The rules contain additional due diligence requirements that significant social media intermediaries must follow. These include requirements to create oversight roles, issue compliance reports, comply with law enforcement requests, and proactively monitor and remove certain content from their platforms.
Social media intermediaries not deemed "significant" must also adhere to these additional requirements if their services "permit the publication or transmission of information in a manner that may create a material risk of harm to the sovereignty and integrity of India, security of the State, friendly relations with foreign States or public order." In such cases, the intermediary will be notified in writing by MeitY that they must also follow the rules specified for significant social media intermediaries.
Appointments to 3 new roles
Significant social media intermediaries will need to appoint individuals who are Indian residents for three new roles. First, they must appoint a chief compliance officer to ensure compliance with both the IT Act and rules. Second, they must appoint a nodal contact person for "24x7 coordination with law enforcement agencies." Finally, as mentioned above, they must appoint a resident grievance officer to manage the grievance redressal mechanism.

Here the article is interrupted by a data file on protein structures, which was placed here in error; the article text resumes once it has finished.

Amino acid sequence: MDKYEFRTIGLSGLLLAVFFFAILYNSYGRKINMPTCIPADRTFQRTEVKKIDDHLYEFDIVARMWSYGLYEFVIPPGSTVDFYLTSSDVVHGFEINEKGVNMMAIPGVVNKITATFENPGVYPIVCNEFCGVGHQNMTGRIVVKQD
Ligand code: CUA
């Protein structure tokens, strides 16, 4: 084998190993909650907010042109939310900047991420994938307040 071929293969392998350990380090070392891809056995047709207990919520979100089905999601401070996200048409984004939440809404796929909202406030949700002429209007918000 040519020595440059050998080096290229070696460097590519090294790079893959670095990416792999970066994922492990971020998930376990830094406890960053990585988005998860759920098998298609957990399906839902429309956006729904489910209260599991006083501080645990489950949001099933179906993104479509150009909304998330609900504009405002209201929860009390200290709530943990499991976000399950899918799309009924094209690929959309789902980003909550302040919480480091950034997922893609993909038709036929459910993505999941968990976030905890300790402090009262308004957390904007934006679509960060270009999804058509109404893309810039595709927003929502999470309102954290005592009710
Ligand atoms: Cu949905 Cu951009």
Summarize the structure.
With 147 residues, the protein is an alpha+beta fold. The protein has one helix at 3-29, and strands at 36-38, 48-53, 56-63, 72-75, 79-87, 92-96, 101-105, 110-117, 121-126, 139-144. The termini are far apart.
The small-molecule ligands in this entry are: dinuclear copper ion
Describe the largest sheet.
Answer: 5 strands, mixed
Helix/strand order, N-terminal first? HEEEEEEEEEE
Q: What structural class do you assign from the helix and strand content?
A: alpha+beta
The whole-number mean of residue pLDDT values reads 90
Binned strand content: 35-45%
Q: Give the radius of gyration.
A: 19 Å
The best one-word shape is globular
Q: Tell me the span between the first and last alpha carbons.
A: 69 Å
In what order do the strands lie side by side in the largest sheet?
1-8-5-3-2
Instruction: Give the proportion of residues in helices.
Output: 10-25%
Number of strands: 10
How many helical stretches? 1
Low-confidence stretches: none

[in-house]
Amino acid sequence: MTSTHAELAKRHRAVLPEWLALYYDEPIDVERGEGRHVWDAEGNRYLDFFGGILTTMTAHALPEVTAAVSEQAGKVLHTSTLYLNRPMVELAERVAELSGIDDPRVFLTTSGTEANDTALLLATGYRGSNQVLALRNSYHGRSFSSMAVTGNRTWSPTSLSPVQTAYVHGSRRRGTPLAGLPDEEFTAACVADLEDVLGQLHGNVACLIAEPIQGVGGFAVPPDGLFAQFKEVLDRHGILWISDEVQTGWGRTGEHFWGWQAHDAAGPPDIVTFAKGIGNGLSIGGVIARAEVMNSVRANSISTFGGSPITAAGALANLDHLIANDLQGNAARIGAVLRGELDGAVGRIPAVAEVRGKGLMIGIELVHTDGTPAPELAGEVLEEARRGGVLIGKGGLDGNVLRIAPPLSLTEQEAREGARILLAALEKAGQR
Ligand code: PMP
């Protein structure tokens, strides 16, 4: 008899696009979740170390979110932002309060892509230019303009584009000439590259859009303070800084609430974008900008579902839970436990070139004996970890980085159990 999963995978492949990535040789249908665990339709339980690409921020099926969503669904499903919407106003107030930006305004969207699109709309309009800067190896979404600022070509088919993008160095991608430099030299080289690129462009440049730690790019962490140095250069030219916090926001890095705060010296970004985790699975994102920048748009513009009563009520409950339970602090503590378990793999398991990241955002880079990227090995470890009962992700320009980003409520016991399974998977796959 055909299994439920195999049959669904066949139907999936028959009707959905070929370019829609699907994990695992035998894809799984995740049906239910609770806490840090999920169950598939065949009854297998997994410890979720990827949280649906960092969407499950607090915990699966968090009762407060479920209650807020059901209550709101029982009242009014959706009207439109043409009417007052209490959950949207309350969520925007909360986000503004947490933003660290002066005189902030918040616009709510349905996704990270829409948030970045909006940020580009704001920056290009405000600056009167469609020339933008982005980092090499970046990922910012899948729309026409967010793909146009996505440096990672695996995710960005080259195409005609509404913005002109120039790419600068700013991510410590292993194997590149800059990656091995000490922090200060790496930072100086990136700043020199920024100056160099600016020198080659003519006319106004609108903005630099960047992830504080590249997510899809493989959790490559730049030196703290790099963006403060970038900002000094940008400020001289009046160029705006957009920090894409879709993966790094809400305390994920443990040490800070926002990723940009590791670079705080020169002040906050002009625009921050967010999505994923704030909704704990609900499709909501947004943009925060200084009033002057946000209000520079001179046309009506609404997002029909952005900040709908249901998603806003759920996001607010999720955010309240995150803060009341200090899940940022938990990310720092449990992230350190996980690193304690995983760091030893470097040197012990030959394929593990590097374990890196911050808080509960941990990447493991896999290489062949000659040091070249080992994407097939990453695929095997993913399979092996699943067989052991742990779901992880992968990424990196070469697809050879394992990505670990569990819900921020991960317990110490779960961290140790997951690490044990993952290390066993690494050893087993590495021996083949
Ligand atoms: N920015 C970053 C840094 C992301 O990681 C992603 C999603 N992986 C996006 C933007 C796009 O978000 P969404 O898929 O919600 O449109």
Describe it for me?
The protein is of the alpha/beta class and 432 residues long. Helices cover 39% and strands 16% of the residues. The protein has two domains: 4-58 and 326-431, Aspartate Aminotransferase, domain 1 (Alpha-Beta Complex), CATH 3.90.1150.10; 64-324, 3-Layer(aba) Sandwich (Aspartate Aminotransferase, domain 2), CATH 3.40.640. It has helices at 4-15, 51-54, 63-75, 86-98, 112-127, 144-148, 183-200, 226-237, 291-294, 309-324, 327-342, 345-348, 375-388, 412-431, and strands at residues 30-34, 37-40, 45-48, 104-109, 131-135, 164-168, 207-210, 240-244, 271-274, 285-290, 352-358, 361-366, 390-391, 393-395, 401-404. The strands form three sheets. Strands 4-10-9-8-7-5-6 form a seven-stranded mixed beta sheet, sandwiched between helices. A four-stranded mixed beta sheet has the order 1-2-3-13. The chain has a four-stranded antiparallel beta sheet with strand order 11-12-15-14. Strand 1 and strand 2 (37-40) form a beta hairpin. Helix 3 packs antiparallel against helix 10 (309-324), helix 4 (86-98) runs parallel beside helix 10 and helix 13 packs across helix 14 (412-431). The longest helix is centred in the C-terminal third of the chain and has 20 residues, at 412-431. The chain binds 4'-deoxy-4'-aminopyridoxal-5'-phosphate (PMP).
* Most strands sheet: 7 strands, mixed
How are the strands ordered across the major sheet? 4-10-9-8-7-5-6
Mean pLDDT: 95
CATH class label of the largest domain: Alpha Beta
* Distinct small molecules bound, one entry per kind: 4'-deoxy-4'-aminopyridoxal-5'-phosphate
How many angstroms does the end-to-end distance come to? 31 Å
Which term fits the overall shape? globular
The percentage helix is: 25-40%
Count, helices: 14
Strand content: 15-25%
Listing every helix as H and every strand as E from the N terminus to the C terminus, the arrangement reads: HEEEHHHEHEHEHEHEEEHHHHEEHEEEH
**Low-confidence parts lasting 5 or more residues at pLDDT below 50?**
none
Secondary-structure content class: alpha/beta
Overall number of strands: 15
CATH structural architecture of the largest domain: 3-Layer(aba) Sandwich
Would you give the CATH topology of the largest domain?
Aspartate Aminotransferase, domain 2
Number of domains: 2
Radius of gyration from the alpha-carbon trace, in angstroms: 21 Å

Proactive removal tools
Significant social media intermediaries must use "technology-based" tools to "proactively identify" instances of "any act or simulation … depicting rape, child sexual abuse or conduct" or any reposting of previously removed, unlawful information under Part II, Section 3(1)(d), such as information that is against "public order; decency or morality" or relates "to the interest of the sovereignty and integrity of India." The significant social media intermediary will need to notify any user that tries to "access such information stating that such information has been identified by the intermediary under the categories referred to in [Part II, Section 3(1)(d)]."
Furthermore, significant social media intermediaries must publish a monthly compliance report that details "complaints received and action taken on the complaints as well as details of contents removed proactively by the significant social media intermediary."
Government access to data and civil liberties concerns